SZERYNG, HENRYK (1918–1988), Mexican violinist of Polish birth. On *Hubermann's advice he studied with Karl *Flesch in Berlin. He also studied with Jacques Thibaud in Paris, starting his career in 1933. From 1933 to 1939 he studied composition with Nadia Boulanger. During World War ii he was liaison officer for the Polish government in exile in London, helped to relocate Polish refugees in Mexico, and performed for the Allied forces. In 1946 he was appointed professor of music at the National University of Mexico. Szeryng made his home in Mexico, and consistently championed the music of native Mexican composers. From 1954 he went on annual tours abroad. In 1970 he was made Mexico's special adviser to unesco. The Henryk Szeryng Foundation Career Award was created to help develop the careers of outstanding young violinists. A humanitarian and violinist of extraordinary gifts, Szeryng gained widespread admiration for his technical command, stylistic versatility, and musical intellect of rare insight. He gave the premieres of numerous works written for him, including compositions by Chavez and Penderecki and the first modern performance of Paganini's Violin Concerto no.3 (1971). His recordings include the major violin concertos, Bach sonatas and partitas, the complete Mozart works for violin and orchestra and chamber music, notably with Ingrid Haebler and Artur *Rubinstein. Szeryng visited Israel and made several recordings with the Israel po. He wrote chamber music and edited baroque violin works, especially those of Bach. His article "La tecnica del violin" (1970) was republished in Pauta Cuadernos de teoria y critica musical, 9:34 (Apr–June 1990), 84–98.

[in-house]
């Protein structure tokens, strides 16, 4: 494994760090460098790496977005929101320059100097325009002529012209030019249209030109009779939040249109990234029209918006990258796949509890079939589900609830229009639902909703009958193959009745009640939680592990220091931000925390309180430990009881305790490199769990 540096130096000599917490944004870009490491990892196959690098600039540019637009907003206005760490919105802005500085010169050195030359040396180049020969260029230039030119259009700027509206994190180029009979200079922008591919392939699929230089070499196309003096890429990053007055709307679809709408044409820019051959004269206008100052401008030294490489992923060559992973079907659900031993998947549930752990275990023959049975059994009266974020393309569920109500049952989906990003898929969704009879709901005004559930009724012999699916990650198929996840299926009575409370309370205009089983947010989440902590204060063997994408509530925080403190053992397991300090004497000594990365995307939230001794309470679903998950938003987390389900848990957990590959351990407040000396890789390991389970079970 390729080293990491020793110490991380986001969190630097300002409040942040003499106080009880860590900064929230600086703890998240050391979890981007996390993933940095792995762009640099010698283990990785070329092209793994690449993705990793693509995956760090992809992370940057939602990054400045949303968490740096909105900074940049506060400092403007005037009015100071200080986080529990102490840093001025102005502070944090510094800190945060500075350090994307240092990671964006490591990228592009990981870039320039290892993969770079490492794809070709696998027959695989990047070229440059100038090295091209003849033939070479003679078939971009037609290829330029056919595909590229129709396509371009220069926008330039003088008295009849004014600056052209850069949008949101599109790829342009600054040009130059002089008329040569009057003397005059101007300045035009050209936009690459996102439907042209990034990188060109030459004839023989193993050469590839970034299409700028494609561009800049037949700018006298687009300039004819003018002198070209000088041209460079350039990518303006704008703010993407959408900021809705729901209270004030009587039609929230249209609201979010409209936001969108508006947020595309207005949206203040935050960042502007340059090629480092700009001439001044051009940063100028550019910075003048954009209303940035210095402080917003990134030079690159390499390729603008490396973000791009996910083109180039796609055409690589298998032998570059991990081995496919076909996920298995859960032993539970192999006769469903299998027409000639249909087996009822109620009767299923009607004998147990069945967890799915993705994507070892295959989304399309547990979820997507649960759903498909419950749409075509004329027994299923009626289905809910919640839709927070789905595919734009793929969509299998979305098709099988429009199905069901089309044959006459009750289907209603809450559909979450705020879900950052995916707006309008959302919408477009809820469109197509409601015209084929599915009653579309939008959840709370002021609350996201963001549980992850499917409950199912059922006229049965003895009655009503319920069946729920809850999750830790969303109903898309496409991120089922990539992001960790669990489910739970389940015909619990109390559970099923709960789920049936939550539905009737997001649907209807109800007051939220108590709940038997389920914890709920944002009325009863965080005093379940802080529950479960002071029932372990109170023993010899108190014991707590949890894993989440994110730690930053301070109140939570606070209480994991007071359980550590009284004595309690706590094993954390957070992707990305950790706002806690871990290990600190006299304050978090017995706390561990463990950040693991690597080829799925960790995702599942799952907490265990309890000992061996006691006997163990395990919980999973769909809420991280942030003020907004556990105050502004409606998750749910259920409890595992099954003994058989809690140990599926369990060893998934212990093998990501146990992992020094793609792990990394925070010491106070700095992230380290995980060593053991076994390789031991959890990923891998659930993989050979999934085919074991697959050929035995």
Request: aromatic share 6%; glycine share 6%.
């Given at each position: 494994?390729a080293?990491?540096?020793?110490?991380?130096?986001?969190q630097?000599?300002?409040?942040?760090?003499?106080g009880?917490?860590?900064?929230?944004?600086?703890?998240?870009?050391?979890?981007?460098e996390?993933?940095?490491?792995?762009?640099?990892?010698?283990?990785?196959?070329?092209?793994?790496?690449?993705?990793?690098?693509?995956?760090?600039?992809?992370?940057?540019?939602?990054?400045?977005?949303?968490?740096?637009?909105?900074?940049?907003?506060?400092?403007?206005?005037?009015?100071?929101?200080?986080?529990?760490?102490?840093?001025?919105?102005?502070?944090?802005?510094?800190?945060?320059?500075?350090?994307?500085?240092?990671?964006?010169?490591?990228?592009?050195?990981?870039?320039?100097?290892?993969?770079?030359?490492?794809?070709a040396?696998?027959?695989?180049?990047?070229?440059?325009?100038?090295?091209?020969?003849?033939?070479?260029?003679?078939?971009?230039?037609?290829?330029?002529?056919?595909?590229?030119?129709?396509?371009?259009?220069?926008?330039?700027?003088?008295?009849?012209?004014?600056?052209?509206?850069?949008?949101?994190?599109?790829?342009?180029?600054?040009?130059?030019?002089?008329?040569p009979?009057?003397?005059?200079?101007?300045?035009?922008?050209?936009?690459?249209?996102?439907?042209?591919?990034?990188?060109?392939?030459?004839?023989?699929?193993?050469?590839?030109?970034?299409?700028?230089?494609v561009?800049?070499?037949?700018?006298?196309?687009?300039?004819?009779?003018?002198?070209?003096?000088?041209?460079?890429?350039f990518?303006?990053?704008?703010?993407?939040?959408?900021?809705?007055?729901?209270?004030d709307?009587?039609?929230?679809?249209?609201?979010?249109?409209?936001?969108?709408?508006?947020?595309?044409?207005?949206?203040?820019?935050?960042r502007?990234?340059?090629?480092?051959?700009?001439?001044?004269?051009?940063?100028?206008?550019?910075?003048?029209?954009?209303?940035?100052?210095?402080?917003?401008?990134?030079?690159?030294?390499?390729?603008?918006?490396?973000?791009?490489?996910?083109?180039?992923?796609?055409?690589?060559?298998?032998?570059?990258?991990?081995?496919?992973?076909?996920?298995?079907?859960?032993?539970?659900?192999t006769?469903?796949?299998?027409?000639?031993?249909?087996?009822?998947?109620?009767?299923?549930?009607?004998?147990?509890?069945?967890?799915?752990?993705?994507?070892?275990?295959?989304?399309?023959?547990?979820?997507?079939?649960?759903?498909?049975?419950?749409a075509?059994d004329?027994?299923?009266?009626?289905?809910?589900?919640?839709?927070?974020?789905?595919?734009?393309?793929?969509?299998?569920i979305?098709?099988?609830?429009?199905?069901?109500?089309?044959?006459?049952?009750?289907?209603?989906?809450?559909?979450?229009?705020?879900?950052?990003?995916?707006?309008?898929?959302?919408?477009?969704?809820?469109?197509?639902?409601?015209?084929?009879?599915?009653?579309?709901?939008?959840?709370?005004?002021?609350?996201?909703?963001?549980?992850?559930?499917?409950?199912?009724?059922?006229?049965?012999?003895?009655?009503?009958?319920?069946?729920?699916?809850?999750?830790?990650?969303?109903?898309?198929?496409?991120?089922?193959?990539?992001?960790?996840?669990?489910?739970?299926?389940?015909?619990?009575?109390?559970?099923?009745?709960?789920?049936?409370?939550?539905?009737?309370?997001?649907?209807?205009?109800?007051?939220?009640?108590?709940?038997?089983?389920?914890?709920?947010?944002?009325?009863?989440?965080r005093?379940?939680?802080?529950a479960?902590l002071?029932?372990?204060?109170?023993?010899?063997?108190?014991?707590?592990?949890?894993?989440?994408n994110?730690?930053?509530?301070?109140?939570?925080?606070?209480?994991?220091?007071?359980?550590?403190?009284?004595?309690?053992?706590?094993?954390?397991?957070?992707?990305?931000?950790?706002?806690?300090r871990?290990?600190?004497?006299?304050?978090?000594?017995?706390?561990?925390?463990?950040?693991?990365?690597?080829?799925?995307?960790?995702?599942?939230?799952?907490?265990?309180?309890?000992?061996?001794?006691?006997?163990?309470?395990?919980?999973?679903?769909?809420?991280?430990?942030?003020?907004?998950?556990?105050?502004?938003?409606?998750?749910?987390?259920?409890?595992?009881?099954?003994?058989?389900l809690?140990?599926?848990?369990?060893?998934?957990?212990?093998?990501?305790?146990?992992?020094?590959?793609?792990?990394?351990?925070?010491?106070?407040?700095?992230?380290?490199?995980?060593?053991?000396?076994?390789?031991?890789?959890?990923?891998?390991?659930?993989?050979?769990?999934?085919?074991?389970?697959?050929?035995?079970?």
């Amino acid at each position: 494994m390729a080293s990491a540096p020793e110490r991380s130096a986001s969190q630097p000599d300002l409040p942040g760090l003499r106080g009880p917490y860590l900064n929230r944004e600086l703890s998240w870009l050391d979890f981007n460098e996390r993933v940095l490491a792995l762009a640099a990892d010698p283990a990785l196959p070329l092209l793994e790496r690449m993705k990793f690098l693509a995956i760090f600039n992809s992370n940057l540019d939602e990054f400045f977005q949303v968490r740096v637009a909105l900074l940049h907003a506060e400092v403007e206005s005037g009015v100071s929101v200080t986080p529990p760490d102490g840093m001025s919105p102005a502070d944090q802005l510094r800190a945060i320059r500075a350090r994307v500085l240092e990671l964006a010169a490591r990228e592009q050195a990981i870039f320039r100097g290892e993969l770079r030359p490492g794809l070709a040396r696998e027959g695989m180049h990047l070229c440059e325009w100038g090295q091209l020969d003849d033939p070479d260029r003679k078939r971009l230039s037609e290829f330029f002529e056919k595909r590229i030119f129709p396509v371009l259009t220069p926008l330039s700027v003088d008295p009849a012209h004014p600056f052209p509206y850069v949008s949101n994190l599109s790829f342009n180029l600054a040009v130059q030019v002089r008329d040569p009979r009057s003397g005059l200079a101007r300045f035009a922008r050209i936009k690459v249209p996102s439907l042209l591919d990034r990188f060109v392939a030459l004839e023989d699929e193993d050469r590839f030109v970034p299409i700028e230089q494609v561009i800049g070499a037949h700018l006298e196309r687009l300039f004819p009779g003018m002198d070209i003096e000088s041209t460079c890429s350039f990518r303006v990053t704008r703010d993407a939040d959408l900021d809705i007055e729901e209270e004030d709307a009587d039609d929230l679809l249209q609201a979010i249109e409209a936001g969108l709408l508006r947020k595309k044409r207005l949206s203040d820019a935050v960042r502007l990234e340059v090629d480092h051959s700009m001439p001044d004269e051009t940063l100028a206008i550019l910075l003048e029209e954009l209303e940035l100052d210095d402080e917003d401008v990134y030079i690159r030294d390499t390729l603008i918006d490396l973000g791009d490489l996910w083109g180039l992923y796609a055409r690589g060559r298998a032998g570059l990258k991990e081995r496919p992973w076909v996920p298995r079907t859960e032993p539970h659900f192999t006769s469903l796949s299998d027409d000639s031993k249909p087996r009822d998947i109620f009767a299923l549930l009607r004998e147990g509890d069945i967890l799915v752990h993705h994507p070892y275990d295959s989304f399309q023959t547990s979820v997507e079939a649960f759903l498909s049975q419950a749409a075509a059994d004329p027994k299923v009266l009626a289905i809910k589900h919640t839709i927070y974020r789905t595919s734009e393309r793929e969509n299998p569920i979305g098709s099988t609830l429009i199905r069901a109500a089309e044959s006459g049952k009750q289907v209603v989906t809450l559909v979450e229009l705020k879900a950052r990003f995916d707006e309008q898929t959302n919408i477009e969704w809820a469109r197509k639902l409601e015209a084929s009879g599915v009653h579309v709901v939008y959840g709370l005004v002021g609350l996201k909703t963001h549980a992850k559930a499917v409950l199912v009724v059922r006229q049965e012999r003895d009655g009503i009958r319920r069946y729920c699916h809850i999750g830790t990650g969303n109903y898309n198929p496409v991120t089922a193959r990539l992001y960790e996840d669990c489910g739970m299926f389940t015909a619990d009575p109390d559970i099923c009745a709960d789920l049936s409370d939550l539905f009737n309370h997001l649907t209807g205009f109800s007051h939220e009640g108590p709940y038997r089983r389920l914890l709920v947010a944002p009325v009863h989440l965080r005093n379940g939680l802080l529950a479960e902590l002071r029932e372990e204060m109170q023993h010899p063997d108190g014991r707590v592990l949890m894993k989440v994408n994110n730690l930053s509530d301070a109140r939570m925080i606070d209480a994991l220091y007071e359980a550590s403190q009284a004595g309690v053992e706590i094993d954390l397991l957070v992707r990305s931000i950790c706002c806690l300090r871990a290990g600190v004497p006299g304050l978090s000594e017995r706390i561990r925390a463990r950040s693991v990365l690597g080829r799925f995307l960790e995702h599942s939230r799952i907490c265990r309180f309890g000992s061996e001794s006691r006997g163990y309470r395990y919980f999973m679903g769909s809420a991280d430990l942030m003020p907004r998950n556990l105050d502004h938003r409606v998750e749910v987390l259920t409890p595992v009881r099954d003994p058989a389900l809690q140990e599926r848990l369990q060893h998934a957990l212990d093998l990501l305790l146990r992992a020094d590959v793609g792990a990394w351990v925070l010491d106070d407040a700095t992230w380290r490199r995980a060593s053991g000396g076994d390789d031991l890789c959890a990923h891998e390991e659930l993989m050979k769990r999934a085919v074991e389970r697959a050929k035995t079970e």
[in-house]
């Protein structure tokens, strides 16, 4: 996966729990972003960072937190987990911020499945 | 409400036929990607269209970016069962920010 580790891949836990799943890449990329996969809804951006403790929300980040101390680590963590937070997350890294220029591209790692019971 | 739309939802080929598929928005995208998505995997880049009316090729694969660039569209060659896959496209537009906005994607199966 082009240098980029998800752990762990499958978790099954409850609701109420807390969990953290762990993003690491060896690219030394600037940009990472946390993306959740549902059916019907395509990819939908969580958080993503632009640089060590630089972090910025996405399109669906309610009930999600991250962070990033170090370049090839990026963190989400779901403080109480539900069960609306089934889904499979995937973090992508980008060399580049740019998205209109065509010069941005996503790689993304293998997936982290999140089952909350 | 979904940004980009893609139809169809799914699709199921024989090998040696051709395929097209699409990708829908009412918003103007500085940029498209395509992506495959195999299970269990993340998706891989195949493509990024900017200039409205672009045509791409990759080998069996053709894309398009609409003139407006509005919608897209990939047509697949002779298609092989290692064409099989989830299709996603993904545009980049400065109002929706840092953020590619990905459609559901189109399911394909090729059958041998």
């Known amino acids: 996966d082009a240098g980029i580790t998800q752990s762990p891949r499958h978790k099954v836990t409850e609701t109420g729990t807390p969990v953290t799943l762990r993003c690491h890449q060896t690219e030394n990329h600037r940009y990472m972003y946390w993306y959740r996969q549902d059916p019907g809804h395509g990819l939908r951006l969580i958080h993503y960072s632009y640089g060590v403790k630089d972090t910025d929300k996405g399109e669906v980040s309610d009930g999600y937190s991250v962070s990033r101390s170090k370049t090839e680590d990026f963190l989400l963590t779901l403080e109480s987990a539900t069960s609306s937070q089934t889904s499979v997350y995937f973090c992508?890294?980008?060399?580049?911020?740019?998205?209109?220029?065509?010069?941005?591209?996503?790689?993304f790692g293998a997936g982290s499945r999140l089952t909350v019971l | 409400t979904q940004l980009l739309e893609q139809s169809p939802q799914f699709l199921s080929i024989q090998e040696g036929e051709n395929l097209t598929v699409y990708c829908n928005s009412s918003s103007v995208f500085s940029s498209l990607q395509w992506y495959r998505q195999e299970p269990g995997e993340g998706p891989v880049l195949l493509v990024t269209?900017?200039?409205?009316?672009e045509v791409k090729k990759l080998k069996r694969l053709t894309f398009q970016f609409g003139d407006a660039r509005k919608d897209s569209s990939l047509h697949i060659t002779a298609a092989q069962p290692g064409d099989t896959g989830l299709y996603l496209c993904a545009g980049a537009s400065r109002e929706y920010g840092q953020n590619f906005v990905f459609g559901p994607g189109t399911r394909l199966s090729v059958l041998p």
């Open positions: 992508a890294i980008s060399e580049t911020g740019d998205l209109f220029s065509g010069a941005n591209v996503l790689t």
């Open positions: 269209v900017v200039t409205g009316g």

Grove Music Online; Baker's Biographical Dictionary of Musicians (1997); I. Hermann. "Henryk Szeryng Kuenstler und Weltbuerger (1918–1988)," in: Das Orchester, 36 (Sept. 1988), 934–35; R. Klopcic, "Henryk Szeryng: Master of Bach and the Bow," in Strings, 8:1 (1993), 32–34.
[Naama Ramot (2nd ed.)]